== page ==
When I was a kid, we used to visit my grandmother in Brooklyn every Sunday, and I always wished I could have grown up there. It all seemed so romantic: stickball in the street, fishing in the pond at Prospect Park, taking the bus – the city bus – to school. At least that’s the way my Dad always told it.
My dad’s Brooklyn had changed by the time I was visiting in the 1970s. But the food had stayed the same. Every Sunday we would open the door to my grandmother’s building and a wave of garlic and lemon would waft down the marble staircase from her third-floor walk up. No matter how cold it was outside, it would always be steamy and warm in the foyer, filled with the aroma of whatever Sittau – the Arabic word for “grandma” – was making.
At the beginning of the 20th century, when my grandfather came to the United States from Aleppo, Syria, most of the Arabs in America were Christians from the cities of Syria and the area that is now Lebanon. The Syrians were great peddlers and later became shopkeepers, merchants and manufacturers, often in the garment and shoe industries. My grandfather, Giddau in Arabic, sewed in New York’s garment district and there’s an apocryphal story about how he invented some key part of today’s sewing machines that the evil shop boss patented under his own name. My father’s uncle owned a shoe business that sold to starlets. His other uncle owned a liquor store, where my dad worked as a delivery boy in the summers.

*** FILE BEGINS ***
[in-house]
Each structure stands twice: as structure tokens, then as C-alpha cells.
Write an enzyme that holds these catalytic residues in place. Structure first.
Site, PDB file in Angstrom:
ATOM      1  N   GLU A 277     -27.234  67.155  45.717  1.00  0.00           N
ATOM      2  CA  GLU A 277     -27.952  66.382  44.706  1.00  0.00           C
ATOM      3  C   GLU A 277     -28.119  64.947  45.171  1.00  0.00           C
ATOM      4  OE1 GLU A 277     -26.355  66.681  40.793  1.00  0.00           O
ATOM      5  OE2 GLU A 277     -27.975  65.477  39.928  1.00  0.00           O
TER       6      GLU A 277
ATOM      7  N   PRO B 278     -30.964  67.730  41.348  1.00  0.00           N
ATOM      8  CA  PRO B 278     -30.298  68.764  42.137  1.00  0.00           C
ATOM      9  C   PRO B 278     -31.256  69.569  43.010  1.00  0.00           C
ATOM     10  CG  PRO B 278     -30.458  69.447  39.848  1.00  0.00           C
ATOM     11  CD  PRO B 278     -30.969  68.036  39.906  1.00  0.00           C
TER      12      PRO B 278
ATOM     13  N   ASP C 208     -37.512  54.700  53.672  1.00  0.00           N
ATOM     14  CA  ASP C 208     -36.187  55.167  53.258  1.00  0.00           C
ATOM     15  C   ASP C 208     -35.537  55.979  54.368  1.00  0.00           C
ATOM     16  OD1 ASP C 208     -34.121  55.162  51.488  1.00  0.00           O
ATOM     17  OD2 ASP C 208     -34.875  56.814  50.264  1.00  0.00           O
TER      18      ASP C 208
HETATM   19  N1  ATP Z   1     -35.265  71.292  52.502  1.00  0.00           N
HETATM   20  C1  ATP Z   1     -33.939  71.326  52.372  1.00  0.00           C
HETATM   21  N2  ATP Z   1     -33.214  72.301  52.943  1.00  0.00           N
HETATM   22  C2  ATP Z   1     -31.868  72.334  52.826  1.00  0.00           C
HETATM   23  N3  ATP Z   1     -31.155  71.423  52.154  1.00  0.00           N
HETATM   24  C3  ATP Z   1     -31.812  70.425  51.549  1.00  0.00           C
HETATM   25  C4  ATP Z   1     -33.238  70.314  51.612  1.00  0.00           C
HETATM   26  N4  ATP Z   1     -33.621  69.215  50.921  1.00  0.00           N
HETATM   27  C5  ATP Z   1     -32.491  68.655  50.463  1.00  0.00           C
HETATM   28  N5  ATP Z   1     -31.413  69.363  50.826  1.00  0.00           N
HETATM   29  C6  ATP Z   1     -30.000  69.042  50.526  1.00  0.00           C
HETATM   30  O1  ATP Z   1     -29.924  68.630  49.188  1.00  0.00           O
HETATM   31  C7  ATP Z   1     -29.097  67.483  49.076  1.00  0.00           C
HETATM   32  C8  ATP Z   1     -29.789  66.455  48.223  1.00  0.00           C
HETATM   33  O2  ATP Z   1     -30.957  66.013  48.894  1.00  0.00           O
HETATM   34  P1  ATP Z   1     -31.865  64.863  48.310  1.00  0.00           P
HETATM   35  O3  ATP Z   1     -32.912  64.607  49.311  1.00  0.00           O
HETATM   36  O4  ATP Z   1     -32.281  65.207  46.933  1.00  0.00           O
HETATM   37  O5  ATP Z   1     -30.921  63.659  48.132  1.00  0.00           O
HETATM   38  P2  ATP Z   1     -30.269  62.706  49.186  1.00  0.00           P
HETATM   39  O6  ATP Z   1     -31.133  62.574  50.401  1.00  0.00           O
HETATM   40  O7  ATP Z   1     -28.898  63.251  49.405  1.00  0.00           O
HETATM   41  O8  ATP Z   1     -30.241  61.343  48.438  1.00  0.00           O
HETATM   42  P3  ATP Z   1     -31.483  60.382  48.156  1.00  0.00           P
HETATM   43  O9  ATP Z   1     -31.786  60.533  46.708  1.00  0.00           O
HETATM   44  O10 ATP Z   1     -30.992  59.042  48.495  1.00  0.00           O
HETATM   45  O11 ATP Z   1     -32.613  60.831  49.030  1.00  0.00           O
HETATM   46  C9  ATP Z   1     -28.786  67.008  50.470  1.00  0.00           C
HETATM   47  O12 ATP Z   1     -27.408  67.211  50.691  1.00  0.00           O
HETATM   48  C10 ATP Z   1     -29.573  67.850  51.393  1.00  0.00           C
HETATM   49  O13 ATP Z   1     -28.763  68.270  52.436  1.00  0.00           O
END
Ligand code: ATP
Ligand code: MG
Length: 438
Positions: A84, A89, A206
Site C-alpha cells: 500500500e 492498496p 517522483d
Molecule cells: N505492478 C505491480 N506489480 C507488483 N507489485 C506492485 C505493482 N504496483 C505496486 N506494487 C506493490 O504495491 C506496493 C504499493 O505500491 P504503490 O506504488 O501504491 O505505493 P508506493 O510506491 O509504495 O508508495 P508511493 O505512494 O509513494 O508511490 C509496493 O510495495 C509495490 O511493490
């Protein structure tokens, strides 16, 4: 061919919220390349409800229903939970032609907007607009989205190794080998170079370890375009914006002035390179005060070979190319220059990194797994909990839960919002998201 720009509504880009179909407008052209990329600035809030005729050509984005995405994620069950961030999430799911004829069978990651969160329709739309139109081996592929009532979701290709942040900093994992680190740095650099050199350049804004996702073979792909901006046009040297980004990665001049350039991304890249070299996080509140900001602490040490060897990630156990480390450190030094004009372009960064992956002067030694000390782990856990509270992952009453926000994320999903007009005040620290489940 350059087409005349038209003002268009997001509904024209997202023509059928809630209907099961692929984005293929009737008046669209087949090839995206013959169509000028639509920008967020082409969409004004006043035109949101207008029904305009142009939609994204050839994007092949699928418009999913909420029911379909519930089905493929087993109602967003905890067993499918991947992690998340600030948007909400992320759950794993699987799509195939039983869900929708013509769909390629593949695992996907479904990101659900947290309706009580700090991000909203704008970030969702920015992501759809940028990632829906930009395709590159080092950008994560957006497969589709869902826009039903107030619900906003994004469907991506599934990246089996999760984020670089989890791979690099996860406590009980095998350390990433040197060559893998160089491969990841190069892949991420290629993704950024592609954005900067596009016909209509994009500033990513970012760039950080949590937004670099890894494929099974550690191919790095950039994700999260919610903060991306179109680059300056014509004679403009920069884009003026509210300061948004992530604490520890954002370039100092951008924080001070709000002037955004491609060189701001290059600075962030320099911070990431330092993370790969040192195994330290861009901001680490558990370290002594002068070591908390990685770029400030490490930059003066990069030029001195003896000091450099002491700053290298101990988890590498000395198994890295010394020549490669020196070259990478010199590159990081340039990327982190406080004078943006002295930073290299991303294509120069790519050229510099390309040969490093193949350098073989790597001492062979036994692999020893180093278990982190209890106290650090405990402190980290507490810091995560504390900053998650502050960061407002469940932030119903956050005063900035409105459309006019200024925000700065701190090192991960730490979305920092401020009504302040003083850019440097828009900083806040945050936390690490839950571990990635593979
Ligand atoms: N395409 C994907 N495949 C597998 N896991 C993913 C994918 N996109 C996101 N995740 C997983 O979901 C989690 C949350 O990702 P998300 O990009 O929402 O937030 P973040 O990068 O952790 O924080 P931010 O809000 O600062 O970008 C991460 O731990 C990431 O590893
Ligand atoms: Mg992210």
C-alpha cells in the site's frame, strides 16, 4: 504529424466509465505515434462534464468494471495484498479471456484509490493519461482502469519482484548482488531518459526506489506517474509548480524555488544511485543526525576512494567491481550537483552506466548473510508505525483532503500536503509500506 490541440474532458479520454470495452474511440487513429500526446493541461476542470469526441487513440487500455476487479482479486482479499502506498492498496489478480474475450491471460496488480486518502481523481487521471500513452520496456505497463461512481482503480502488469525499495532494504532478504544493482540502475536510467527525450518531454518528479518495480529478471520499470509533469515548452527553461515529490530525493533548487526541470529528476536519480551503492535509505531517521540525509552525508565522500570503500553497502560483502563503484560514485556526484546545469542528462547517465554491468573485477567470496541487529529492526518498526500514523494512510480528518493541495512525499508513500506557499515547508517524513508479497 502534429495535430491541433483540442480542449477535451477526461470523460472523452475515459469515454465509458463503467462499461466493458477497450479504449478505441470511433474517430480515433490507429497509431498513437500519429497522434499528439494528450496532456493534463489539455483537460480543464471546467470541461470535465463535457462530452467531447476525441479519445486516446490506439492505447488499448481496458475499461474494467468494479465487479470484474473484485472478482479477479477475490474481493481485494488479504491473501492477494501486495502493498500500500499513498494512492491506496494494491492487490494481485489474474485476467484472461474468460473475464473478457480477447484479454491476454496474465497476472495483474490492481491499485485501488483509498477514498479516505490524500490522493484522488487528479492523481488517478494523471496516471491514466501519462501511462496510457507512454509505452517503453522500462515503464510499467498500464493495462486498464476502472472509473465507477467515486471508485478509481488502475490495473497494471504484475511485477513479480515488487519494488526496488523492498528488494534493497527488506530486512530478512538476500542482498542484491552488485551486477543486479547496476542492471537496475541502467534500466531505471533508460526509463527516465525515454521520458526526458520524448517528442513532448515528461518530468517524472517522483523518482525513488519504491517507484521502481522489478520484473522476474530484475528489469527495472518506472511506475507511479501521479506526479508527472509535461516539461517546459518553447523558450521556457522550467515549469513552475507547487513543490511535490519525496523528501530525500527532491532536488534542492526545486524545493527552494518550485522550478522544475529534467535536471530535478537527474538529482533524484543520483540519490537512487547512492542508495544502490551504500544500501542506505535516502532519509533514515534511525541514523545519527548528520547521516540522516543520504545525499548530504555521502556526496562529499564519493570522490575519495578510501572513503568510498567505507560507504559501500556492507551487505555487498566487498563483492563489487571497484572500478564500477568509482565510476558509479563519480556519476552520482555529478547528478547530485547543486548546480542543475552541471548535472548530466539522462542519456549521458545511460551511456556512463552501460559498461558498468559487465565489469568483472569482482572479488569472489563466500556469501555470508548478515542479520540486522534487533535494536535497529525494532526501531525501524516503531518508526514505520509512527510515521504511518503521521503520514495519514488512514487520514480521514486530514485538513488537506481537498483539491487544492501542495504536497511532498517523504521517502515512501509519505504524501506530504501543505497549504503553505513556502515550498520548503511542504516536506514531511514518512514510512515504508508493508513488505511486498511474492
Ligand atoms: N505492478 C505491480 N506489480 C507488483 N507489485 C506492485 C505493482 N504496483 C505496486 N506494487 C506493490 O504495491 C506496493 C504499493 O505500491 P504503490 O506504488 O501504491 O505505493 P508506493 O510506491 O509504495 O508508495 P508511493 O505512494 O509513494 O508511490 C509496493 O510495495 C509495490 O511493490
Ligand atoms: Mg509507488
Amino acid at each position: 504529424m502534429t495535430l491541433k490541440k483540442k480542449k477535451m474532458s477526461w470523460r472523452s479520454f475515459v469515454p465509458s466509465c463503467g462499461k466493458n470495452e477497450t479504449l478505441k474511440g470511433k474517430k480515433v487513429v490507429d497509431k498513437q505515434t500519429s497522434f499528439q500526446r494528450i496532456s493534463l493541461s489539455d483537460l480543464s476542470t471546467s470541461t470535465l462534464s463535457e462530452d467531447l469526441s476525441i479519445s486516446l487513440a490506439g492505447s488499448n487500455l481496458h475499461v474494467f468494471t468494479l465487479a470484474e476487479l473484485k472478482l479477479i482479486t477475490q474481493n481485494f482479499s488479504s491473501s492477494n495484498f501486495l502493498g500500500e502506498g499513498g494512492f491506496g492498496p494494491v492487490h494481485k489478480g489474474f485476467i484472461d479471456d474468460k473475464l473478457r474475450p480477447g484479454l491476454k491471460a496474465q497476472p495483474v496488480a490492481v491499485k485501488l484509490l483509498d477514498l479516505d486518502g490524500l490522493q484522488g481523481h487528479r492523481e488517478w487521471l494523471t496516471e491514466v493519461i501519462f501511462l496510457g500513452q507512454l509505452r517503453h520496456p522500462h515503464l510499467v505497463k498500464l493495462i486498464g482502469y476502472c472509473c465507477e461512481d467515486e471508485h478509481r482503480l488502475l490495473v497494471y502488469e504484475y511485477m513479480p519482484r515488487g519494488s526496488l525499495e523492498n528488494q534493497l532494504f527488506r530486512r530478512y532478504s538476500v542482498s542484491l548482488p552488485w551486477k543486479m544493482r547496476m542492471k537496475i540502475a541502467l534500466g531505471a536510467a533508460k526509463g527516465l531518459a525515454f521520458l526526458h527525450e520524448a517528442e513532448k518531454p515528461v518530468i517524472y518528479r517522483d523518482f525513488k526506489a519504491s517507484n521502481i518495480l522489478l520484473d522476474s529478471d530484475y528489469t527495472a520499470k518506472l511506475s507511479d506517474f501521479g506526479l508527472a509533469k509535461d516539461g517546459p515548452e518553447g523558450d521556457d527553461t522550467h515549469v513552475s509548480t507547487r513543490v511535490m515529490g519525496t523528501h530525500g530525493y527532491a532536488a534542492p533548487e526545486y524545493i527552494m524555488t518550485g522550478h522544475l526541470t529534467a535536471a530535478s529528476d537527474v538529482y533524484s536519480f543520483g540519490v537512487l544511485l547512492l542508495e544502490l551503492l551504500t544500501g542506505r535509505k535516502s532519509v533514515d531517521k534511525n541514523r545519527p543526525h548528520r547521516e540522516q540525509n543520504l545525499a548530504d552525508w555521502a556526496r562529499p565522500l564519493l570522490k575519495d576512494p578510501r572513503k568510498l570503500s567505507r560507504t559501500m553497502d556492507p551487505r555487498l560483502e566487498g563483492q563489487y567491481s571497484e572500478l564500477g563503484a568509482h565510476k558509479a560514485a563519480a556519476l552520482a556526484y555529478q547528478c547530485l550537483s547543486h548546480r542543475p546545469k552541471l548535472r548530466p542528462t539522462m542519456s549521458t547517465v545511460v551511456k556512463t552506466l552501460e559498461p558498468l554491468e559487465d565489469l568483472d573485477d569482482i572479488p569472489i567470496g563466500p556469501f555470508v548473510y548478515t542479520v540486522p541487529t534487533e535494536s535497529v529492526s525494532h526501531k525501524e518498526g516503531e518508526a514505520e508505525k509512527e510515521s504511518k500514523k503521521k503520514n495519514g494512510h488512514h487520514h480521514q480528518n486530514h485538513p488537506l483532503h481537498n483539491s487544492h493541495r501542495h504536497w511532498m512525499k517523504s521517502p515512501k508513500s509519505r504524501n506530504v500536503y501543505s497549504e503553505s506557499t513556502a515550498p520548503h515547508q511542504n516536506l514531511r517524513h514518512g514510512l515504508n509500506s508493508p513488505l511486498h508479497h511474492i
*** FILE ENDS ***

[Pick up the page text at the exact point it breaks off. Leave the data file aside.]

Sittau died more than 20 years ago, just as I became old enough to really ask her questions. Giddau died when I was a child. So all that really connects me to that world is the food – and the stories that my dad and my uncle can still tell. Here they are talking about two of my favorite dishes, fowleh ou zath (green beans in tomato sauce) and yebrat (lamb-stuffed grape leaves.)
For recipes, go to AmericanFoodRoots.com
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